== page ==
, which I appreciated and also found useful in focusing my thoughts on the meaning of the First Law. Another commenter then came along and argued that the First Law really applies to the Jews, and charged me with covering up that fact. I’ve posted a reply [note: John Savage’s site is now open only to members], and also copy a revised and expanded version of it below:
I just came upon this exchange and want to reply to the points made by Tanstaafl (which frankly sounds to me like a neo-Nazi moniker, but which, I’m informed, is an acronym for the libertarian slogan “There Ain’t No Such Thing As A Free Lunch.”).
Tanstaafl is just wrong to say that the First Law of Majority-Minority Relations in Liberal Society is about Jews and that I’m covering that up. The First Law is about conspicuously different minorities who are perceived as minorities, and who are perceived as dysfunctional, unassimilable, alien or hostile. Since Jews are not generally seen these ways, except by anti-Semites, the First Law does not apply to Jews, though some aspects of it may apply some of the time.
When I say this, I am not denying the fact that there is a Jewish problem, since that is something I often talk about. But I believe in the need to talk about it rationally. The Jewish problem—not the Jewish problem of the Jew haters, but the real Jewish problem—consists in the fact that Jews are a distinct people who because of their energy and talents tend to become dominant in culturally influential areas of society. This leads to the problem that a small minority group begins to become the definer of cultural standards for the majority. For the most part, this is not due to any Jewish racial agenda or conspiracy, as Kevin MacDonald would have it, rather it is just built into the fact of Jewish distinctiveness combined with Jewish talents. But even though the situation is not anyone’s fault, it is not a healthy situation. The way the problem can be resolved, as I’ve said many times, is by the majority recovering and maintaining its majority identity, functions, and authority, and thus requiring minorities to conform to the majority’s standards.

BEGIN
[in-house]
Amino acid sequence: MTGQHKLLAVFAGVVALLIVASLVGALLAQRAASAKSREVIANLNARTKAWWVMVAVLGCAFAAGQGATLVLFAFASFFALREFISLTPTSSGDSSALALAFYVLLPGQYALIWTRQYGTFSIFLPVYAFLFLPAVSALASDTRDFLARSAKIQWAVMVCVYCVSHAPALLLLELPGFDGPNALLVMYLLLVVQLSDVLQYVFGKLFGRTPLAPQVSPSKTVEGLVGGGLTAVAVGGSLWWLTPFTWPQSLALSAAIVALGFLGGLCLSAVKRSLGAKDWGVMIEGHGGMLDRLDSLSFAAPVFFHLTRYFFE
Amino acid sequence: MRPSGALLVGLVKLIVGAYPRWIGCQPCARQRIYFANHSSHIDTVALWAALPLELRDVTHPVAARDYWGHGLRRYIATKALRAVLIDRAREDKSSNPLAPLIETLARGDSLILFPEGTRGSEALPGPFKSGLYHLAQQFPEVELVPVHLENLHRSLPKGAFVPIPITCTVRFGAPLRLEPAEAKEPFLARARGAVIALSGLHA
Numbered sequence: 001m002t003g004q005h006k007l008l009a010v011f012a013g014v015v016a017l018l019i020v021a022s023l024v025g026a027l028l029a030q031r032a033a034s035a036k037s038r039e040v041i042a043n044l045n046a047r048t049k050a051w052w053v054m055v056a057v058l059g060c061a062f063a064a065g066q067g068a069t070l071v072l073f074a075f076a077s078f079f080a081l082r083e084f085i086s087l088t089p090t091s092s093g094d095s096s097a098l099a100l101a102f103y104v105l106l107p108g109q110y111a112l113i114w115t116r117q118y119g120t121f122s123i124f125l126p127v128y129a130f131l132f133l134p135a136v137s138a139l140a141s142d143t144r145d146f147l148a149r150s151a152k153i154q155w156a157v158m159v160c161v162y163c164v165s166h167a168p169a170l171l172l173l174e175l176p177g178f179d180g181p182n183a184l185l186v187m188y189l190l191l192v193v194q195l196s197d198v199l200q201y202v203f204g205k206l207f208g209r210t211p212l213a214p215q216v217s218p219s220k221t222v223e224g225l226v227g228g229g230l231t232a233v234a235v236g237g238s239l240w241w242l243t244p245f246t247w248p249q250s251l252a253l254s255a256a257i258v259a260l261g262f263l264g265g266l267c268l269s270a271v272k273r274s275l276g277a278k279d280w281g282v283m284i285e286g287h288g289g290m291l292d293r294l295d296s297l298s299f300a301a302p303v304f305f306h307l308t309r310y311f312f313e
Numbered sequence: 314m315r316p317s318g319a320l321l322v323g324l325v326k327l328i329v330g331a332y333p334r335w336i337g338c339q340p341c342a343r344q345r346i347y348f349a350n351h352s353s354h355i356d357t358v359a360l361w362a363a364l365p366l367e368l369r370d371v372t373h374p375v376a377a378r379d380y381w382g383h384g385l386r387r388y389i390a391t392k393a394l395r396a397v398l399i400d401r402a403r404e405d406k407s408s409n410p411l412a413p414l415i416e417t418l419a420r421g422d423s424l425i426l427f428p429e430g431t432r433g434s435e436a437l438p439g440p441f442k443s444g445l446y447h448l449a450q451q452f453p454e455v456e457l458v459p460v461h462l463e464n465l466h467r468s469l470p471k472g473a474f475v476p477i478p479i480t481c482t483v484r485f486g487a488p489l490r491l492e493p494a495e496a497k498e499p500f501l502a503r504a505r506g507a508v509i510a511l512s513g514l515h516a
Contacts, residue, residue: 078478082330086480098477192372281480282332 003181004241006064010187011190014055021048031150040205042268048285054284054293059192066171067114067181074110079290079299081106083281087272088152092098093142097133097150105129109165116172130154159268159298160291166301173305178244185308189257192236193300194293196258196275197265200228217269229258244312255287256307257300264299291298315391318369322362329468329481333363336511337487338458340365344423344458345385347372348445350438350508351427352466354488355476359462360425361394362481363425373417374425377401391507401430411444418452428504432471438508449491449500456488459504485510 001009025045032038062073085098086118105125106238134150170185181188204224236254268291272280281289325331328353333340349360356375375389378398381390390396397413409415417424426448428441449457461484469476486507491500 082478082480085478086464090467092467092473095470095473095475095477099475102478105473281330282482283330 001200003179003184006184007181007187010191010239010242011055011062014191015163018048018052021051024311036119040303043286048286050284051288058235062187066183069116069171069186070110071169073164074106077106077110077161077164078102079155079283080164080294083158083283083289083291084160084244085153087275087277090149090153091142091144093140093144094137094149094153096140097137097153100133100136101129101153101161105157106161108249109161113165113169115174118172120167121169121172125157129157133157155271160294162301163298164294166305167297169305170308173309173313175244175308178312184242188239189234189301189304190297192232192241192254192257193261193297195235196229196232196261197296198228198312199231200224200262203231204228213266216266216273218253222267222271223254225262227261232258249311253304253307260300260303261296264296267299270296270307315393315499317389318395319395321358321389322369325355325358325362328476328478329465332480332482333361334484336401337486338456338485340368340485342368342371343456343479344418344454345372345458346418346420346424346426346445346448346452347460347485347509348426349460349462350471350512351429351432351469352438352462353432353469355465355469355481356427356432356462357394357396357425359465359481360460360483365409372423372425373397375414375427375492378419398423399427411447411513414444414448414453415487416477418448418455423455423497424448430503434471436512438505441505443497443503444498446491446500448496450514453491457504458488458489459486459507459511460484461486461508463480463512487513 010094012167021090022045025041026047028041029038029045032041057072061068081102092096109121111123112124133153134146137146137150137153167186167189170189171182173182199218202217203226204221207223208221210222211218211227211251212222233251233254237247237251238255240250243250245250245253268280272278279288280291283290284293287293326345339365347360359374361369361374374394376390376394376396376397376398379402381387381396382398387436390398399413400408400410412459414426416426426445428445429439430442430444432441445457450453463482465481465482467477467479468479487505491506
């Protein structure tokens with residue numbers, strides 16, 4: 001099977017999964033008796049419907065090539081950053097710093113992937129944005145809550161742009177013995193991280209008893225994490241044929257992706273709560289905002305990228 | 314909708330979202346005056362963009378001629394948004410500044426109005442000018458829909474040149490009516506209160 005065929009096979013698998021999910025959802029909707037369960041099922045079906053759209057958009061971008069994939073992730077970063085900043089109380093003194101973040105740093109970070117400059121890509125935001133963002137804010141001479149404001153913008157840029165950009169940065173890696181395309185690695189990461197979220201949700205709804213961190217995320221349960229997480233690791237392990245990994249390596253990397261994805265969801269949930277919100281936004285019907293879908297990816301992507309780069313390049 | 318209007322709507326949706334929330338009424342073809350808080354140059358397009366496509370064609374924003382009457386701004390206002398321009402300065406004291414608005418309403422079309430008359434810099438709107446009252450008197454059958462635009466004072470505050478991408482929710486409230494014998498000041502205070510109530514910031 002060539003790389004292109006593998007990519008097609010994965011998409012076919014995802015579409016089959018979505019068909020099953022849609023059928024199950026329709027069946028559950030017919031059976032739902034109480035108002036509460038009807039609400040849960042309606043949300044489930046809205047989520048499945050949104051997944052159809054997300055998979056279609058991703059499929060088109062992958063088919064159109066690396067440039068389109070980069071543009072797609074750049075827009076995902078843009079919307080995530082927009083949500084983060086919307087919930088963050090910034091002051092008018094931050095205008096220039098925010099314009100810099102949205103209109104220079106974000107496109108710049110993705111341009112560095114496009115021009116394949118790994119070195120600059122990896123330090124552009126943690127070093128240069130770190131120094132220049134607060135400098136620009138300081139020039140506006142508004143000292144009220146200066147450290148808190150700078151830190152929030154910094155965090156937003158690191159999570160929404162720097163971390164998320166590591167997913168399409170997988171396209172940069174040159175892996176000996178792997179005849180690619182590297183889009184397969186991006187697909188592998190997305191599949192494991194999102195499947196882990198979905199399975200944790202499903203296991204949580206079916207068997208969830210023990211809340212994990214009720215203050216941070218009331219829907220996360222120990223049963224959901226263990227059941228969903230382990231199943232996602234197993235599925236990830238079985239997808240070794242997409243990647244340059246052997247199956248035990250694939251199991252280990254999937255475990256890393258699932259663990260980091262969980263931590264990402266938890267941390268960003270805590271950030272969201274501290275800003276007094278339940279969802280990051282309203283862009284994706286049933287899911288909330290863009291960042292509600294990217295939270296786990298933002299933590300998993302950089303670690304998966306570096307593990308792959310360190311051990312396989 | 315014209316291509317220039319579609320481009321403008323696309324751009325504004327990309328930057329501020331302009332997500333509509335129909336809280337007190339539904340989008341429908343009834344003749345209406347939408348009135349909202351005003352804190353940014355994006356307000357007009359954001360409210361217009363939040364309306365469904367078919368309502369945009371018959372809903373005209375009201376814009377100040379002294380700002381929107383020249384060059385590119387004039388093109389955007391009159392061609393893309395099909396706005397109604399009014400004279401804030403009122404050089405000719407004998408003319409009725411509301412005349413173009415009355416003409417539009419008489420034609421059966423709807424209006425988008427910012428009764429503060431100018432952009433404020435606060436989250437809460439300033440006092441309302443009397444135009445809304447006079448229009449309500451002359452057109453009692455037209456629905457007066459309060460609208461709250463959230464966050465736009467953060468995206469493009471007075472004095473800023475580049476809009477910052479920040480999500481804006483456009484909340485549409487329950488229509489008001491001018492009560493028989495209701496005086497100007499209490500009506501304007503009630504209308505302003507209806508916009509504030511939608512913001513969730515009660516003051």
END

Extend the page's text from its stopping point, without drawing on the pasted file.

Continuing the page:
It used to be this way in America. A classic example is the Golden Age of Hollywood. The movie industry was largely a Jewish creation, yet the Jews of Hollywood loved the majority culture and elevated its ideals. For example, the beautiful MGM movies of the late ‘30 and early ’40s that were set in England and were imbued with an English atmosphere (so that it’s hard to believe the movies were made in Los Angeles), were the brain child of Louis B. Mayer, head of MGM. Contrast that with today, when many of the Jews of Hollywood, such as Steven Spielberg, are self-consciously alienated from the majority culture and seek to tear it down. An example is “Saving Private Ryan,” in which the elderly Ryan, re-visiting Normandy in his old age, is bizarrely portrayed as a broken down figure overwhelmed with guilt. That’s the way alienated leftist Jews want to portray the Christian majority.